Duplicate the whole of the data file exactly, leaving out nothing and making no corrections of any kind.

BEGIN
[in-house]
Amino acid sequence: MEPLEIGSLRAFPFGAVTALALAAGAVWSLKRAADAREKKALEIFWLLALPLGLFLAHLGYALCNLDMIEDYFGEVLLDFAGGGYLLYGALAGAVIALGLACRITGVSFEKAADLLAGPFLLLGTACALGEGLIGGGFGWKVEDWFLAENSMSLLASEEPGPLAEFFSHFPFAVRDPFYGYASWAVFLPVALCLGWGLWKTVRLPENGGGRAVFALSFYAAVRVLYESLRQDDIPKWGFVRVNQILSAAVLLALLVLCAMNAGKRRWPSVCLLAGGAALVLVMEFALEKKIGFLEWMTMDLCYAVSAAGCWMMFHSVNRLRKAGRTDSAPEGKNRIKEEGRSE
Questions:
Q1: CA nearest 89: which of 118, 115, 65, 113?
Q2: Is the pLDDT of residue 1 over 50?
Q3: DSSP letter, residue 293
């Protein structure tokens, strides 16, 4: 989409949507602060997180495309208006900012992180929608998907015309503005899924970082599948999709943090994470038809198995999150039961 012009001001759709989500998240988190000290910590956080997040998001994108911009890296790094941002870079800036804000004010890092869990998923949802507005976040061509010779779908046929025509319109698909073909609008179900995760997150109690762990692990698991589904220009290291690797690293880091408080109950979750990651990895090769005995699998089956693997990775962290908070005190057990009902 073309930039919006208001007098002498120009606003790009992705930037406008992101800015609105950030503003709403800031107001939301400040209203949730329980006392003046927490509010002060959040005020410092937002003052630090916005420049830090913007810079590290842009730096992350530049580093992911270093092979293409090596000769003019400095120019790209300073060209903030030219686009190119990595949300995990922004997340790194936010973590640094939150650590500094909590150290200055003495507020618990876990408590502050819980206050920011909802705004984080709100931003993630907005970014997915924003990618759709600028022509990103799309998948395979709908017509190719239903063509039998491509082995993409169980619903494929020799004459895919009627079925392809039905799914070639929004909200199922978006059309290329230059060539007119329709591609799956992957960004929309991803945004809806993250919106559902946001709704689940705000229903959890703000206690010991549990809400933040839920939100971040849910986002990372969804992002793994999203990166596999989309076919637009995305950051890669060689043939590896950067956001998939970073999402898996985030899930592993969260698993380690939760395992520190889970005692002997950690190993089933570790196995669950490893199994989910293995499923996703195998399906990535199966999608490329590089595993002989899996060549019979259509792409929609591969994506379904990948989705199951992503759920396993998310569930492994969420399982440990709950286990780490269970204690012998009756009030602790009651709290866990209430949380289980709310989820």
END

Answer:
[in-house]
Amino acid sequence: MEPLEIGSLRAFPFGAVTALALAAGAVWSLKRAADAREKKALEIFWLLALPLGLFLAHLGYALCNLDMIEDYFGEVLLDFAGGGYLLYGALAGAVIALGLACRITGVSFEKAADLLAGPFLLLGTACALGEGLIGGGFGWKVEDWFLAENSMSLLASEEPGPLAEFFSHFPFAVRDPFYGYASWAVFLPVALCLGWGLWKTVRLPENGGGRAVFALSFYAAVRVLYESLRQDDIPKWGFVRVNQILSAAVLLALLVLCAMNAGKRRWPSVCLLAGGAALVLVMEFALEKKIGFLEWMTMDLCYAVSAAGCWMMFHSVNRLRKAGRTDSAPEGKNRIKEEGRSE
Questions:
Q1: CA nearest 89: which of 118, 115, 65, 113?
Q2: Is the pLDDT of residue 1 over 50?
Q3: DSSP letter, residue 293
């Protein structure tokens, strides 16, 4: 989409949507602060997180495309208006900012992180929608998907015309503005899924970082599948999709943090994470038809198995999150039961 012009001001759709989500998240988190000290910590956080997040998001994108911009890296790094941002870079800036804000004010890092869990998923949802507005976040061509010779779908046929025509319109698909073909609008179900995760997150109690762990692990698991589904220009290291690797690293880091408080109950979750990651990895090769005995699998089956693997990775962290908070005190057990009902 073309930039919006208001007098002498120009606003790009992705930037406008992101800015609105950030503003709403800031107001939301400040209203949730329980006392003046927490509010002060959040005020410092937002003052630090916005420049830090913007810079590290842009730096992350530049580093992911270093092979293409090596000769003019400095120019790209300073060209903030030219686009190119990595949300995990922004997340790194936010973590640094939150650590500094909590150290200055003495507020618990876990408590502050819980206050920011909802705004984080709100931003993630907005970014997915924003990618759709600028022509990103799309998948395979709908017509190719239903063509039998491509082995993409169980619903494929020799004459895919009627079925392809039905799914070639929004909200199922978006059309290329230059060539007119329709591609799956992957960004929309991803945004809806993250919106559902946001709704689940705000229903959890703000206690010991549990809400933040839920939100971040849910986002990372969804992002793994999203990166596999989309076919637009995305950051890669060689043939590896950067956001998939970073999402898996985030899930592993969260698993380690939760395992520190889970005692002997950690190993089933570790196995669950490893199994989910293995499923996703195998399906990535199966999608490329590089595993002989899996060549019979259509792409929609591969994506379904990948989705199951992503759920396993998310569930492994969420399982440990709950286990780490269970204690012998009756009030602790009651709290866990209430949380289980709310989820």